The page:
·         Sri U.Ve. Srinivasachar who translated Mahabharata into Tamil and published in the year 1919, had written in this chapter (of Mahabharata)  that in some olden texts that he referred for translation, in the place of Shakadwipa, it was written as "Naga dwipa". This also puts the location in the southern hemisphere.

 

·         For more details read my Tamil blogs http://thamizhan-thiravidana.blogspot.in/2011/06/57-1.html  

·         http://thamizhan-thiravidana.blogspot.in/2011/07/58-2.html

·          http://thamizhan-thiravidana.blogspot.in/2011/07/59-3.html  }

 

In the beginning, a group led by Vaivasvata Manu, migrated from Shaka dwipa to the Malaya mountain range of South India and the extensions of land on the west in Arabian Sea. The time period must have been Ice age when the water level of the Arabian Sea was low thereby exposing the land in the west of Western Ghats. Dravideswara Manu (as he was called –perhaps he was a Kshatriya vrathya to be called as Dravideswara) lived with his people in this region which borders western side of South India. The identification of Pancha Dravida in South India was perhaps due to this reason. When the first floods occurred in the Arabian sea, Manu and his men were pushed to North India via  Dwaraka and entered the Saraswati River. That group fanned out and spread all over North India in course of time.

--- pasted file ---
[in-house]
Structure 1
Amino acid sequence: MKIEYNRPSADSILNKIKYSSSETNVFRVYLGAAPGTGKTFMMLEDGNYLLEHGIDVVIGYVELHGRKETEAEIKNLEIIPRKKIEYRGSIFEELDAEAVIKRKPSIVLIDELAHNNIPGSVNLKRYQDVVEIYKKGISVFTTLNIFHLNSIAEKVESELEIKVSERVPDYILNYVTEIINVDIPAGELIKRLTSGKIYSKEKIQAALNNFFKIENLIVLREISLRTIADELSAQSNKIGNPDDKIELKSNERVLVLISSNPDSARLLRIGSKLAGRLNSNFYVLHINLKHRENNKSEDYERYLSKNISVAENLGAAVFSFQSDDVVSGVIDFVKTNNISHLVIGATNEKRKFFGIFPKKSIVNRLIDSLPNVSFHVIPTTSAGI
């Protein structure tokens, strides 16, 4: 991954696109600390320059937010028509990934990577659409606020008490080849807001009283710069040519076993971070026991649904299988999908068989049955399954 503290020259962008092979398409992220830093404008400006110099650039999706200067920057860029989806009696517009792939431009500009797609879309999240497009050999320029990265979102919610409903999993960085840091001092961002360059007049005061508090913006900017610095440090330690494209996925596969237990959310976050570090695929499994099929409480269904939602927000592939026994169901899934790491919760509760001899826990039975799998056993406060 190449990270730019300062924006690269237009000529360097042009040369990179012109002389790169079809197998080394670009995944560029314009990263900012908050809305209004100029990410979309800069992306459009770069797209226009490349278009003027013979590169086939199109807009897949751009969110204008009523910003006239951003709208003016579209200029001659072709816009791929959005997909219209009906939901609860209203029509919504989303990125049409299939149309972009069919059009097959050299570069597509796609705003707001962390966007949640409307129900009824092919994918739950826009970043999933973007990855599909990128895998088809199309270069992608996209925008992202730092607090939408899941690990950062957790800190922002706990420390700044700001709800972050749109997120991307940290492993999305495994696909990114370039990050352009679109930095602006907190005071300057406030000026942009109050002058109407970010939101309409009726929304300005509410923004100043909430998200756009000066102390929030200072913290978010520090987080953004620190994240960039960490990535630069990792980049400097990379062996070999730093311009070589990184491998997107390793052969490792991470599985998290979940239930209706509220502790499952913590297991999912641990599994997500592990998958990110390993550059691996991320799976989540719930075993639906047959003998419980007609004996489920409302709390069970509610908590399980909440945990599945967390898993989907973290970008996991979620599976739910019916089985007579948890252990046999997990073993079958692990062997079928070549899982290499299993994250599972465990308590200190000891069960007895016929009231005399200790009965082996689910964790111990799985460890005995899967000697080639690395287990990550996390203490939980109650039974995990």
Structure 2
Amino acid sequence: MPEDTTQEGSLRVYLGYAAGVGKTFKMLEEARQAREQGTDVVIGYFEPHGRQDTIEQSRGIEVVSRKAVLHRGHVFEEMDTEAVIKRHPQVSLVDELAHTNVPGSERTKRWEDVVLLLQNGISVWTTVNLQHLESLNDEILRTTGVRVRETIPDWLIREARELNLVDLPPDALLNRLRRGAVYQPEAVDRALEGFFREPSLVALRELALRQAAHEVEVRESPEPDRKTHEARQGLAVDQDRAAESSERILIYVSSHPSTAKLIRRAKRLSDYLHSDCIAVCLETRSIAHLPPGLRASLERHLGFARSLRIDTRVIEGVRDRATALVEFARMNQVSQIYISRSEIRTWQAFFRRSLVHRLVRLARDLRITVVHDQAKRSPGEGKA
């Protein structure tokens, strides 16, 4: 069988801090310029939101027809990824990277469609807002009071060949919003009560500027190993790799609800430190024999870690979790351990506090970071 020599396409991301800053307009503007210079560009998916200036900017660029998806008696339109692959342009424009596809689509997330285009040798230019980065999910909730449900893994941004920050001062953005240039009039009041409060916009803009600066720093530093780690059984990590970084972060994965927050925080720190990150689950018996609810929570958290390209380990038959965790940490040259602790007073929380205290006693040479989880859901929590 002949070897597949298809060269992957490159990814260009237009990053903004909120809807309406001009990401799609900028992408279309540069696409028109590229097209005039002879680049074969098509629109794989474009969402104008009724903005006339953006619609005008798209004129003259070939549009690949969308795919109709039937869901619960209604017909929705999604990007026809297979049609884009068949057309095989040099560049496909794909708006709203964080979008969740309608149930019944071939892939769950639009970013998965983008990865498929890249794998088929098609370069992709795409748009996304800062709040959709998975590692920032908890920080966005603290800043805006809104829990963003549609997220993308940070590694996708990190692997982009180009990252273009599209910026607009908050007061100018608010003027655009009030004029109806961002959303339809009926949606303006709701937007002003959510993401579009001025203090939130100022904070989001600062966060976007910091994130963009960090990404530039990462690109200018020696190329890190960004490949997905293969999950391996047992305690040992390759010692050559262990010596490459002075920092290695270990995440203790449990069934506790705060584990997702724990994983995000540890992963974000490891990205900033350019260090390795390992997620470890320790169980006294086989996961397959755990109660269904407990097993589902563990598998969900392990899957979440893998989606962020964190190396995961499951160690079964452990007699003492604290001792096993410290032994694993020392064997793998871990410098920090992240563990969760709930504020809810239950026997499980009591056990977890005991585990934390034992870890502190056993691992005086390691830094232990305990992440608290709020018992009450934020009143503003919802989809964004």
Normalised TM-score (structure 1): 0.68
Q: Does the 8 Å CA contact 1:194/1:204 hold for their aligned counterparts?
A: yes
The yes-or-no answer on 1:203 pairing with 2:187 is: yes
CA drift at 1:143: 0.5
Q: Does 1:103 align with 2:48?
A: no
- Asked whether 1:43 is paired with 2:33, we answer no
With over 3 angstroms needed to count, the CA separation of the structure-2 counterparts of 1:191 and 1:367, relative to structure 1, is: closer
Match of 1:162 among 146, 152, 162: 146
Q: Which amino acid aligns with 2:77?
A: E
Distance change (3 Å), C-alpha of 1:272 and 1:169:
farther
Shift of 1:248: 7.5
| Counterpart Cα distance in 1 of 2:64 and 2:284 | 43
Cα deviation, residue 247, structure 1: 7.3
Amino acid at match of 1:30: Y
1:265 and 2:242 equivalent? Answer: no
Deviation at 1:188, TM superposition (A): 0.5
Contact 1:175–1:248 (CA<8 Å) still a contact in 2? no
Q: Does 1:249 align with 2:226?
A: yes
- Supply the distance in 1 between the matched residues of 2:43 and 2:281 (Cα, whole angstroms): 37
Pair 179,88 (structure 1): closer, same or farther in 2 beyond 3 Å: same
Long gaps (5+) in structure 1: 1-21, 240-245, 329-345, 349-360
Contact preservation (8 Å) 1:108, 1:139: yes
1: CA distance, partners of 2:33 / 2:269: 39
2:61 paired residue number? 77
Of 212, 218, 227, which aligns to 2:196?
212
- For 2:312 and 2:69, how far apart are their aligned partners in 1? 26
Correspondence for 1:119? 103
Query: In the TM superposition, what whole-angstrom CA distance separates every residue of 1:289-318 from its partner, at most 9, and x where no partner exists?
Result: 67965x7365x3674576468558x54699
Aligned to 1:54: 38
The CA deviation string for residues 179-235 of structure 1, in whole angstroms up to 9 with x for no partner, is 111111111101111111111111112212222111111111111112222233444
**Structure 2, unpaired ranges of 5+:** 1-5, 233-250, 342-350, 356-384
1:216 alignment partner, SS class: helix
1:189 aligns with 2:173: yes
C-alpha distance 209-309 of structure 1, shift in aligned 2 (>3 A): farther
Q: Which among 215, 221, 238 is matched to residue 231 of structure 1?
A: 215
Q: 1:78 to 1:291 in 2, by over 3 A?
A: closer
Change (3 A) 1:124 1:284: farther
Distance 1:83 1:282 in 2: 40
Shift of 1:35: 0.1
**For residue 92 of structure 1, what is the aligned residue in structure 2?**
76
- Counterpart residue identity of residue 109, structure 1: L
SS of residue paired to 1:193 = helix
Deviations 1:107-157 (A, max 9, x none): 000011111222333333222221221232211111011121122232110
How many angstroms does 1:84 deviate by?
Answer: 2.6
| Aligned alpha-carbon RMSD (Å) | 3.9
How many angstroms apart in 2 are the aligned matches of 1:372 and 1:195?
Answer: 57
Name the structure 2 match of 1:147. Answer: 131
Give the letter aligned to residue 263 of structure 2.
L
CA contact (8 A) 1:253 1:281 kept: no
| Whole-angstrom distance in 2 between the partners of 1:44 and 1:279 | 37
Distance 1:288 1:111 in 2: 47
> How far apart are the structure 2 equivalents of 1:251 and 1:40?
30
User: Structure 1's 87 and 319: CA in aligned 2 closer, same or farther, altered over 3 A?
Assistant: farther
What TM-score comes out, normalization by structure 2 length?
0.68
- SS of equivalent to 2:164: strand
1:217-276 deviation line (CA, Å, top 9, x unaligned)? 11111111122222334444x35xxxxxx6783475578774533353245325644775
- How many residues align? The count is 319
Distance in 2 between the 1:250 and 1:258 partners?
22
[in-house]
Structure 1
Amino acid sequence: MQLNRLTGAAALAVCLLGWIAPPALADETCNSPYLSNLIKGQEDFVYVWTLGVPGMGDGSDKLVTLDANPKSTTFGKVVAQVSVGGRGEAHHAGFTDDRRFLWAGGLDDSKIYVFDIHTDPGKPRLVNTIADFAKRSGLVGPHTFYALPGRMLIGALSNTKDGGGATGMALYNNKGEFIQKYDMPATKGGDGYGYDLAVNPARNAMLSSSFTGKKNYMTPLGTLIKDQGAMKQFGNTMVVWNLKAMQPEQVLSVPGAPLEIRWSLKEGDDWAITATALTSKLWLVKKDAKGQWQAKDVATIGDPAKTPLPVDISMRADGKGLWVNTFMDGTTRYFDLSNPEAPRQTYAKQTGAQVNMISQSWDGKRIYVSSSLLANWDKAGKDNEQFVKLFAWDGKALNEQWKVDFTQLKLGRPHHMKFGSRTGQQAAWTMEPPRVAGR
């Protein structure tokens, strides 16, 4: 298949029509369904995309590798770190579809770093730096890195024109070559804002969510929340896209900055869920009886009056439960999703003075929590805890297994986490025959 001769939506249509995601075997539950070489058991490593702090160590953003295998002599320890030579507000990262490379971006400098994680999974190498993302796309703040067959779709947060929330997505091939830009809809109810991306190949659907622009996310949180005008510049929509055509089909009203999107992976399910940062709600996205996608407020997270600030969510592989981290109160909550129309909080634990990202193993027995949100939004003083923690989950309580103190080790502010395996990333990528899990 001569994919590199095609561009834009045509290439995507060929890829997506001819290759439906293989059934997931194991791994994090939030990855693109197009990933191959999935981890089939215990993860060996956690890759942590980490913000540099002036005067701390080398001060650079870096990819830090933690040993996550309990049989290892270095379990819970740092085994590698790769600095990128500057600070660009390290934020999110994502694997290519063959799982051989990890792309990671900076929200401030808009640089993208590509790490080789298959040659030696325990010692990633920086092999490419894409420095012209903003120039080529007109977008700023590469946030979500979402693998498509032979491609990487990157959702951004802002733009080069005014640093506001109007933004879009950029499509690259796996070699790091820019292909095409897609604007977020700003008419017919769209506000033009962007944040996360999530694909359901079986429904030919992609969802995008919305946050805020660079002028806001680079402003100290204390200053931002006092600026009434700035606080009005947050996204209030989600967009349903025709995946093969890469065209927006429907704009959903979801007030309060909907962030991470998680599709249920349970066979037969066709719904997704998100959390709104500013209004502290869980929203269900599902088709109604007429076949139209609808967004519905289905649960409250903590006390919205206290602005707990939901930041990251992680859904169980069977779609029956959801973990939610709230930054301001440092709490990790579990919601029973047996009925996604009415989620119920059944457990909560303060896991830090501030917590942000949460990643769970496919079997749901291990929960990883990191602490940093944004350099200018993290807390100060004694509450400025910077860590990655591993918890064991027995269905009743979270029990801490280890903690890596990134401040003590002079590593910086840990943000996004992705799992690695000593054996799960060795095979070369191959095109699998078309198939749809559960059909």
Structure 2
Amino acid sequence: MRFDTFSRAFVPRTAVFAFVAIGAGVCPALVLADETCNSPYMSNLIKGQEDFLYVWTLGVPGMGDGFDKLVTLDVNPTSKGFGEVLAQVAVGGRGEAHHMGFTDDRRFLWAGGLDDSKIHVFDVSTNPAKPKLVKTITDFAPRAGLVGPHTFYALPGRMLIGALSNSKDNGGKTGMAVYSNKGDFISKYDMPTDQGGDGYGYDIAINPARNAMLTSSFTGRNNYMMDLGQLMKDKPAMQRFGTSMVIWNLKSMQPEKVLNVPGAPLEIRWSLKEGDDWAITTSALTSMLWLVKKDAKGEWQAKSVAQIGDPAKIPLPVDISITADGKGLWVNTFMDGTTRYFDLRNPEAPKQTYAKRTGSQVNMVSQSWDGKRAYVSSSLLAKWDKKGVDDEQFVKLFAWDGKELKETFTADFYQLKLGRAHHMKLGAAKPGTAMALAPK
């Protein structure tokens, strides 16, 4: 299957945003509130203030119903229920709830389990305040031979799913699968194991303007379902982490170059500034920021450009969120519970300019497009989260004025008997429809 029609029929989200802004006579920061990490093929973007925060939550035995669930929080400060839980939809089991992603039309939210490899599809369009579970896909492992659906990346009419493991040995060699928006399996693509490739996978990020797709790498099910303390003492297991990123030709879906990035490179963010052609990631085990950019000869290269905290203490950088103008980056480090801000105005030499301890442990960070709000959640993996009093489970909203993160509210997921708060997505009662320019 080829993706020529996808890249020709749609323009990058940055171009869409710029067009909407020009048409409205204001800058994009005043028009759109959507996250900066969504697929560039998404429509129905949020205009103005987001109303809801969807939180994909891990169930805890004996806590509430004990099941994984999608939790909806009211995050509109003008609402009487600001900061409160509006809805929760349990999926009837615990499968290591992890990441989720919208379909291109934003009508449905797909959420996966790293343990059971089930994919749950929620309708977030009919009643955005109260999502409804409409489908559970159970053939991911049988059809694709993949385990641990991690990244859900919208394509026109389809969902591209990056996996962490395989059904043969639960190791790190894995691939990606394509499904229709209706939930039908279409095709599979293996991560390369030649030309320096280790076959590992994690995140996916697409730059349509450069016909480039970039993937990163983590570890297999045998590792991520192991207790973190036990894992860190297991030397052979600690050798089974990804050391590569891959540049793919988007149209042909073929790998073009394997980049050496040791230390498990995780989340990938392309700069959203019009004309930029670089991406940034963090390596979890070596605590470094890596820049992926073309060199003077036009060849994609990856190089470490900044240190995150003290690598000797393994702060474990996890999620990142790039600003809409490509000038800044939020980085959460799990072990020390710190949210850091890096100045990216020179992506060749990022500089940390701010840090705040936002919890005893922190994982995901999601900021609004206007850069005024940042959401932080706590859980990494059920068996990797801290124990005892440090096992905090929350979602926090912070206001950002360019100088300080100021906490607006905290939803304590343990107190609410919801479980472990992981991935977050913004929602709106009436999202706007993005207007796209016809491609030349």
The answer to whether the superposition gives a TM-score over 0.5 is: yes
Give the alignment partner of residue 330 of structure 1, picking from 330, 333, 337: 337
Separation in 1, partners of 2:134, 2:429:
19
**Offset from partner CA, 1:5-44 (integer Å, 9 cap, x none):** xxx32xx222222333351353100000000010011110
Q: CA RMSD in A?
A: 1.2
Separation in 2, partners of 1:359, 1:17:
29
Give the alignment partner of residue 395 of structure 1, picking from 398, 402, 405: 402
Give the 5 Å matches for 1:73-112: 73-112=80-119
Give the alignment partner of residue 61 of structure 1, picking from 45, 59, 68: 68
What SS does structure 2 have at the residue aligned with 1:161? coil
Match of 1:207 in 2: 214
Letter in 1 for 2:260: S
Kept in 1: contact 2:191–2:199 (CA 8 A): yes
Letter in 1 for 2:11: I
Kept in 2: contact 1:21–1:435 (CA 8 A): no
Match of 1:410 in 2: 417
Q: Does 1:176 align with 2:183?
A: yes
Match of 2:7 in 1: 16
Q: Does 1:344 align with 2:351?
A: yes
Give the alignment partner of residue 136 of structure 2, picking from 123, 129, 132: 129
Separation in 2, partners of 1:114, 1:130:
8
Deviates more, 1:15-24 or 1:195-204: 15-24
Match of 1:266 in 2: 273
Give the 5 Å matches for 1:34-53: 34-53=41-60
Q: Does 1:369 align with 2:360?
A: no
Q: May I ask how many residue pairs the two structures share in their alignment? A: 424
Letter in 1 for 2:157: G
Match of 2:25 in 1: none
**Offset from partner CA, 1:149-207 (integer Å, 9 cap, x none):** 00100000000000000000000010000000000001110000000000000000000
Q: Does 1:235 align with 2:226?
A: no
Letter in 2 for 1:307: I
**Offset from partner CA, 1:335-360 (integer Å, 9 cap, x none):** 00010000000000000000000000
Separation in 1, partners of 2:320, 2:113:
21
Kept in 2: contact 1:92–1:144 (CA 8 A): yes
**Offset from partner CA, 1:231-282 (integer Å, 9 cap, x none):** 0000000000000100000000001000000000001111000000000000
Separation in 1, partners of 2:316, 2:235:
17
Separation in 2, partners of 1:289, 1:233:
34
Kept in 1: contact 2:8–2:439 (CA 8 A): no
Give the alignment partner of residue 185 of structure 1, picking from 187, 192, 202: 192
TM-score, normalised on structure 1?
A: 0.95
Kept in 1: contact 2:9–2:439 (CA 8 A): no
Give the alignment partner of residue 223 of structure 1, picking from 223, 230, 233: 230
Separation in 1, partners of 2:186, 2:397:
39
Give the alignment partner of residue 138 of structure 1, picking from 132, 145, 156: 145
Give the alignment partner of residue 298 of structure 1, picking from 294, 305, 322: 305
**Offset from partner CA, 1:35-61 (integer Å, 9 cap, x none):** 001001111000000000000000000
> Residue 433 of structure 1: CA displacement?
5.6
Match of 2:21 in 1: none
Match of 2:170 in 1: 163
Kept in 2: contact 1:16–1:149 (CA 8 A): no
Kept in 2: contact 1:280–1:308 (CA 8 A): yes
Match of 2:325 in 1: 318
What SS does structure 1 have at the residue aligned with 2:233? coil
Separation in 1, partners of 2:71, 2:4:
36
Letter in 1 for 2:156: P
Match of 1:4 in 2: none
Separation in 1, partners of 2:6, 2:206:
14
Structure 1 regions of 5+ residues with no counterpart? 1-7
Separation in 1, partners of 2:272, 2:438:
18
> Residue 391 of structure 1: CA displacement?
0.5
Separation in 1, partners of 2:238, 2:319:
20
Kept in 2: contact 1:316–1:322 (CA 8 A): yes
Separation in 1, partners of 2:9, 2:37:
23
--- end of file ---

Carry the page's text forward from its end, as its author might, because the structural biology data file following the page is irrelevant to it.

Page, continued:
It is also possible that people from Shaka island entered directly to South India after Ice age when vegetation became available in South india.

 

In all this, what cannot be denied is that the people of Shaka island at some time in the past came under the reign of Thennan (Southerner) or Pandyan who was also known as Gauriya (in the lineage of Gauri, another name for Parvathi, the consort of Shiva).

 

 If all the people in ancient India, say, during or after the Ice age were somehow connected with Shaka dwipa in the south, then all of them should have spoken the same, common language. This language might have been the communication medium for all people of Bharat. Only then Hanuman could have termed that language as language of Human beings. Hanuman refers to that language as 'mAnusham vAcham' (Valmiki Ramayana 5-30-17) and 'mAnusham vAkyam' (Valmiki Ramayana 5-30-19).

 

Hanuman first thought of conversing in Sanskrit. It was possible for Sita to doubt how a 'vAnara' (monkey) could speak in Sanskrit and she might think that Ravana in monkey disguise was speaking in Sanskrit. Therefore, he decided to speak in the language of humans.

 

While mentioning about that language, Hanuman says,  'mAnusham vAkyam arthavath' - human language with sentences full of meaning.

Here a doubt arises. Does it mean that there was a human language with meanings and another human language without meanings?

The language of Human beings was not mere sounds, but conveyed deep meanings also. This is conveyed at three places while talking about language of the humans:

 

1     'arthavath' -full of meanings (VR 5-30-18)

2     'srAvayishyAmi' - (I will) make (Her) understand (VR 5-30- 43)

3     'avithatham' - (unalloyed) truth (VR 5-30-44) 

 

After all, a language means it should contain meanings. We may ask what is so great about that. But Hanuman chose a language that contained words which could instil confidence, bring solace and convey truth.

 

The language in which Hanuman conversed made

**Sita to abandon suicidal attempt,

**She could trust Hanuman as Rama's messenger,

**Hanuman could convey the Samudrika beauty, described in Sanskrit, of Rama in that language fully,

**Sita could convey her agony in that language, and

**Hanuman was able to assuage her feelings adequately, in that language.